There is a human organism located exactly where you are located. Eric Olson argues that you are identical to that organism. This view is known as animalism. His “thinking animal” argument takes the following form: (1) There is a human animal where you are located; (2) If there’s a human animal where you are located, it is thinking; (3) The only thing thinking where you are located is you; and (4) So, you are a human animal. One argument, which exhibits parallel reasoning and boasts premises motivated in the exact same way, may be employed to resist Olson’s argument. In this paper I will show that this argument, which I will now call the Guanilo-Style argument, is structurally identical to Olson’s argument, but which yields a conclusion that is implausible. This will render Olson’s argument unsound, as any objections raised to the Guanilo-Style argument must also be raised to Olson’s argument. Before I present the Guanilo-Style argument, I will show why many philosophers reject animalism. Olson grants that there may be reason to reject animalism. Leibniz’s Law can help to show that you are not identical to the animal that Olson proposes you are. Disregarding scientific limitations, the argument runs as follows: (1) You have the property of being able to survive getting a new body; (2) That animal lacks the property of being able to survive getting a new body; (3) If that animal is identical to you, then that animal has every property that you have; (4) So, that animal is not identical to you. This conclusion has obvious implications on Olson’s Thinking Animal Argument, namely that you are not a human animal. However, Olson nevertheless attempts to defend animalism with his Thinking Animal Argument.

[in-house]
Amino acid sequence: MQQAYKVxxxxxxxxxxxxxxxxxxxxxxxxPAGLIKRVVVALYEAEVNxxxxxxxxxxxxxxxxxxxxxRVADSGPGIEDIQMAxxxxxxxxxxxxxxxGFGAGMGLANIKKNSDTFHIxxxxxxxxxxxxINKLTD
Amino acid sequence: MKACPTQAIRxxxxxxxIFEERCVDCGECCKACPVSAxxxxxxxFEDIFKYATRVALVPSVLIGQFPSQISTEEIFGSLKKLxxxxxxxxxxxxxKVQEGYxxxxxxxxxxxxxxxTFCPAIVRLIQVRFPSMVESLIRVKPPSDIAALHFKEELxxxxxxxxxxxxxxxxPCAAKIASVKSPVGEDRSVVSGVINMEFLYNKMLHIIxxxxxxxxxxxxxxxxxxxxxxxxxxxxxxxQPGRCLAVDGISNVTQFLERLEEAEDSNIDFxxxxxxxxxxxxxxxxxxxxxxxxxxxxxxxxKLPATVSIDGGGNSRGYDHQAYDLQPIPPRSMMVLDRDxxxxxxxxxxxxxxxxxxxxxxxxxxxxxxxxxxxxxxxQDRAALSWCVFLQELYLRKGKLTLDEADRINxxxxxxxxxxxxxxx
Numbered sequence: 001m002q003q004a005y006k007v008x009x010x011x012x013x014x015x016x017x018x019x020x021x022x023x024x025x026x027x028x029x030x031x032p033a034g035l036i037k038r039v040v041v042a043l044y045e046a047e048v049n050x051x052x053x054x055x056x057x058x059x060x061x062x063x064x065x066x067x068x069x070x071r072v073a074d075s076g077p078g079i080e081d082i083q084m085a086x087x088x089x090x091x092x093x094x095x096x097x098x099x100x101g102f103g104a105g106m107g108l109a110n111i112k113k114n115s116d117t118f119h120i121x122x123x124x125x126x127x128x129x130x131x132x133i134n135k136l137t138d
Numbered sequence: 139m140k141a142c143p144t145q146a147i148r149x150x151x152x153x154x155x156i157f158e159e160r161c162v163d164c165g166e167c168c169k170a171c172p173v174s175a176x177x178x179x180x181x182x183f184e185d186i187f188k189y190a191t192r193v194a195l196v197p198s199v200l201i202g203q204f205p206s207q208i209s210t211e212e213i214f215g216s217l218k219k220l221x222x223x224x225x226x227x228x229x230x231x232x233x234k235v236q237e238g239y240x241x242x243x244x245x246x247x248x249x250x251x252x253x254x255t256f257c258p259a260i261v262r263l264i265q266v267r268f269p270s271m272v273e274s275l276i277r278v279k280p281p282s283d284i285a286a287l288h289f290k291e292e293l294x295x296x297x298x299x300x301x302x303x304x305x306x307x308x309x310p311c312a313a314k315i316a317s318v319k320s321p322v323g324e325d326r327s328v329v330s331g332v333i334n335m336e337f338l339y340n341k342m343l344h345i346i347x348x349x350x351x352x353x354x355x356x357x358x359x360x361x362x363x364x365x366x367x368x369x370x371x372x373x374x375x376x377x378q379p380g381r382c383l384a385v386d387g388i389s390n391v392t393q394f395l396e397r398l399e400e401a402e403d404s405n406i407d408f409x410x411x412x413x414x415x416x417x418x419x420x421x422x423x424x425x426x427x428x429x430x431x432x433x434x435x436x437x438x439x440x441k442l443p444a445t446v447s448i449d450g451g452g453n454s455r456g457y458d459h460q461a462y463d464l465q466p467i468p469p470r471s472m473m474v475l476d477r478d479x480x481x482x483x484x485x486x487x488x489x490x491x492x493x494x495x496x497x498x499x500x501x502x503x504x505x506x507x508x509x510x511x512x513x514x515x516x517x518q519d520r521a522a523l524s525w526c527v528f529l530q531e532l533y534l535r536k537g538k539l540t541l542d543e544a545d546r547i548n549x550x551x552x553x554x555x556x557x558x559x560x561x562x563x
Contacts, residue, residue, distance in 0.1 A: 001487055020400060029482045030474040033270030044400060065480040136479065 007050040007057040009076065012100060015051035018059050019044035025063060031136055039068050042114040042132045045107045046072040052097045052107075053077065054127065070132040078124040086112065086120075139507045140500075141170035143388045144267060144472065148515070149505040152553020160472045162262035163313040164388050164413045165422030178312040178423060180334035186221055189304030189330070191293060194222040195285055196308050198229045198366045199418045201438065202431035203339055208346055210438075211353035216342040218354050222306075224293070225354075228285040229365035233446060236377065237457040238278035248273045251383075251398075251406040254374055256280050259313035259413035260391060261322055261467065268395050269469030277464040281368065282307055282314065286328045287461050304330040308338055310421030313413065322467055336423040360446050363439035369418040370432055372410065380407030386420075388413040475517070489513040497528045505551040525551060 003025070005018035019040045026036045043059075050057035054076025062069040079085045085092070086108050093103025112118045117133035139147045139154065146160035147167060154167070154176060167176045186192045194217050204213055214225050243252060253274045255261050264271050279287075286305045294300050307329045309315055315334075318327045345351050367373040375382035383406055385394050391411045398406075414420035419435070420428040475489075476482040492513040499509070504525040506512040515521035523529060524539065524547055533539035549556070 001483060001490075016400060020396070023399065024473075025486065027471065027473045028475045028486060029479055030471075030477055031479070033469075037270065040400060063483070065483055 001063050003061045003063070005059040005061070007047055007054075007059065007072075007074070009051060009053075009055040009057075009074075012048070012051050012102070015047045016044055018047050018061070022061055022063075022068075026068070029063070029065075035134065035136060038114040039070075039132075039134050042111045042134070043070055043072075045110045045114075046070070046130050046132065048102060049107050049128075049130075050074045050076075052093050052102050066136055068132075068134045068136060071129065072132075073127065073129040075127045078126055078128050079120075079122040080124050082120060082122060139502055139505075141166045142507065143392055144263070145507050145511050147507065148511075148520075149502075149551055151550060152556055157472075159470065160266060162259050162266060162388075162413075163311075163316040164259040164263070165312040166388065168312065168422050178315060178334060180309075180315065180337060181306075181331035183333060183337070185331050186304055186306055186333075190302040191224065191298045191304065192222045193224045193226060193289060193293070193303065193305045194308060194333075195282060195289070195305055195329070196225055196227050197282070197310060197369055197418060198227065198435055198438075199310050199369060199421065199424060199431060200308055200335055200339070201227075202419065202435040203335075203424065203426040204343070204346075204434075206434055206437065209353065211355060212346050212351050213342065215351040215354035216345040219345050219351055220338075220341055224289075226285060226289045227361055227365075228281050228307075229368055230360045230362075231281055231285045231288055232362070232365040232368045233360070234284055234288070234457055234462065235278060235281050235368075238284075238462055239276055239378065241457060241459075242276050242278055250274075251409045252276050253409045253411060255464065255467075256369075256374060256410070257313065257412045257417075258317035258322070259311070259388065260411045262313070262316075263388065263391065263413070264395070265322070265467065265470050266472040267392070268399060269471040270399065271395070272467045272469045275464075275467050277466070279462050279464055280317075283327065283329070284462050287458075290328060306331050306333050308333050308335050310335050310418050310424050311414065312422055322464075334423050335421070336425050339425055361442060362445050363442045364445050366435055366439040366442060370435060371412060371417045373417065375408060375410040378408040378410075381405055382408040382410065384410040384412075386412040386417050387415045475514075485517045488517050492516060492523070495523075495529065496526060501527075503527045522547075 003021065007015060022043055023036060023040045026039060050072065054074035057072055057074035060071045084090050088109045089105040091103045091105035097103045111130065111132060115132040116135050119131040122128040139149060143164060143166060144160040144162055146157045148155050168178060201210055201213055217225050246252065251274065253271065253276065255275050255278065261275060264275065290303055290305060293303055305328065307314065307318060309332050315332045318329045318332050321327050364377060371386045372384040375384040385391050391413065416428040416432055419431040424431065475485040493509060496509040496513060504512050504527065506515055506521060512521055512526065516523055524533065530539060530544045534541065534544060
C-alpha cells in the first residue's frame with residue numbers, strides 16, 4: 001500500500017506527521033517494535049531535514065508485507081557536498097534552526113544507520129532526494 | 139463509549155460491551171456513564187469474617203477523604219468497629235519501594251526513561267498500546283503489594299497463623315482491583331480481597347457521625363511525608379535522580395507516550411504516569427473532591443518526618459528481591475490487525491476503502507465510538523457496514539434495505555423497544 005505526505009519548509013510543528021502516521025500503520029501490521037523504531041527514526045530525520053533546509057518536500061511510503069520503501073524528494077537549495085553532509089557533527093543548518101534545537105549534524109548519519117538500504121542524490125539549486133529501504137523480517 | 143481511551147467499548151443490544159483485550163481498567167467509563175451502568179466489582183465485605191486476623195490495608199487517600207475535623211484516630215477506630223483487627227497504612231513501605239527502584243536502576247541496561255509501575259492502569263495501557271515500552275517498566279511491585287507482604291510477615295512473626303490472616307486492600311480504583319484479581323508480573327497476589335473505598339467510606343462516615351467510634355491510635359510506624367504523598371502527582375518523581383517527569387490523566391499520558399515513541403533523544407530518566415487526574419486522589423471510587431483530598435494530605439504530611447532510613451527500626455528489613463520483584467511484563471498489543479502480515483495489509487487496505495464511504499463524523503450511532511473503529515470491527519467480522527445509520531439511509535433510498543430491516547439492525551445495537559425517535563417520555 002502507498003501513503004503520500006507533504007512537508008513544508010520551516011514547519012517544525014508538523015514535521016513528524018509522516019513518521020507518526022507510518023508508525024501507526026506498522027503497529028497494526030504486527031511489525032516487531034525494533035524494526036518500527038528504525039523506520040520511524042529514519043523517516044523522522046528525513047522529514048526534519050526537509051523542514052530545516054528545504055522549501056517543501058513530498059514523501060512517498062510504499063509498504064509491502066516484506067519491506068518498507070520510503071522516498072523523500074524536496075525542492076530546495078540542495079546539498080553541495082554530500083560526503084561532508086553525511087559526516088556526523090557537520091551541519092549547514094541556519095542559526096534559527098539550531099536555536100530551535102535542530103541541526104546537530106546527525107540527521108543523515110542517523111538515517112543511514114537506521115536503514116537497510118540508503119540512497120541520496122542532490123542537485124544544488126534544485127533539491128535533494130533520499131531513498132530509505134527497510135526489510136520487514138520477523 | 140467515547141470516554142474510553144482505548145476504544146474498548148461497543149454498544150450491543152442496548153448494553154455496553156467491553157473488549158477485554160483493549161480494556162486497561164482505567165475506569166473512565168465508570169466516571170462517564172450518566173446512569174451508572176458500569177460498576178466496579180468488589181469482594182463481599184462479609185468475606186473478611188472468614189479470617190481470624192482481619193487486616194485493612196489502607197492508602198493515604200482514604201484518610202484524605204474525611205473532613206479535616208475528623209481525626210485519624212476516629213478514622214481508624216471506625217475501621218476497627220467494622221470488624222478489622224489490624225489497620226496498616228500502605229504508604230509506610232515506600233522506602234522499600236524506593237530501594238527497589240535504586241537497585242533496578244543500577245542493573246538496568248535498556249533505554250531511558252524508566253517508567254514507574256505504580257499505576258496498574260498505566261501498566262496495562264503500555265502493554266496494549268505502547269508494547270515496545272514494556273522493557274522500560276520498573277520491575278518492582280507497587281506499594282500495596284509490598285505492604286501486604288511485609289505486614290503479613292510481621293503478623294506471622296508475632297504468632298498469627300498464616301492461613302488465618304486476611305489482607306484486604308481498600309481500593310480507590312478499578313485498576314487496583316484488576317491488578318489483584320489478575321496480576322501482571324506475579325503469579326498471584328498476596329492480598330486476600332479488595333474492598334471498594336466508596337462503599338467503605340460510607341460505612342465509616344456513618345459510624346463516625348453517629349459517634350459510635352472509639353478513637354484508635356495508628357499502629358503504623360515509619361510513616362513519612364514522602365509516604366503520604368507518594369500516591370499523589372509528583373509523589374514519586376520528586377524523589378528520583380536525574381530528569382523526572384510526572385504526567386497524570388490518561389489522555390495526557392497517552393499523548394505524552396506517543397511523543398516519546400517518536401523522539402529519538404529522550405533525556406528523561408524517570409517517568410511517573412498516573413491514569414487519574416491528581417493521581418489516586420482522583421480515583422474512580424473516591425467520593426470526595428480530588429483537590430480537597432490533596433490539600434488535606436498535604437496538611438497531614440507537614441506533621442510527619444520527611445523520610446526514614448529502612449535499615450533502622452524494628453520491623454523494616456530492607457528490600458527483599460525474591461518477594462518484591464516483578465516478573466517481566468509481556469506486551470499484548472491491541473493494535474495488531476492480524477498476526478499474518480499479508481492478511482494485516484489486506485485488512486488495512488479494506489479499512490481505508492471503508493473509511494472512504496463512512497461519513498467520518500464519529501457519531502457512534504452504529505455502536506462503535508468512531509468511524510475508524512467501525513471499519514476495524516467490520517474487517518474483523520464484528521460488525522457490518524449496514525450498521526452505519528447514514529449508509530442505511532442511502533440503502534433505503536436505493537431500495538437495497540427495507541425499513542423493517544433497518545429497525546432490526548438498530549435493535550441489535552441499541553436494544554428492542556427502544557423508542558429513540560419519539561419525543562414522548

2. Defending The Thinking Animal Argument Olson defends the argument that concludes that you are a human animal. Premise (1) of his argument, that there is a human animal located exactly where you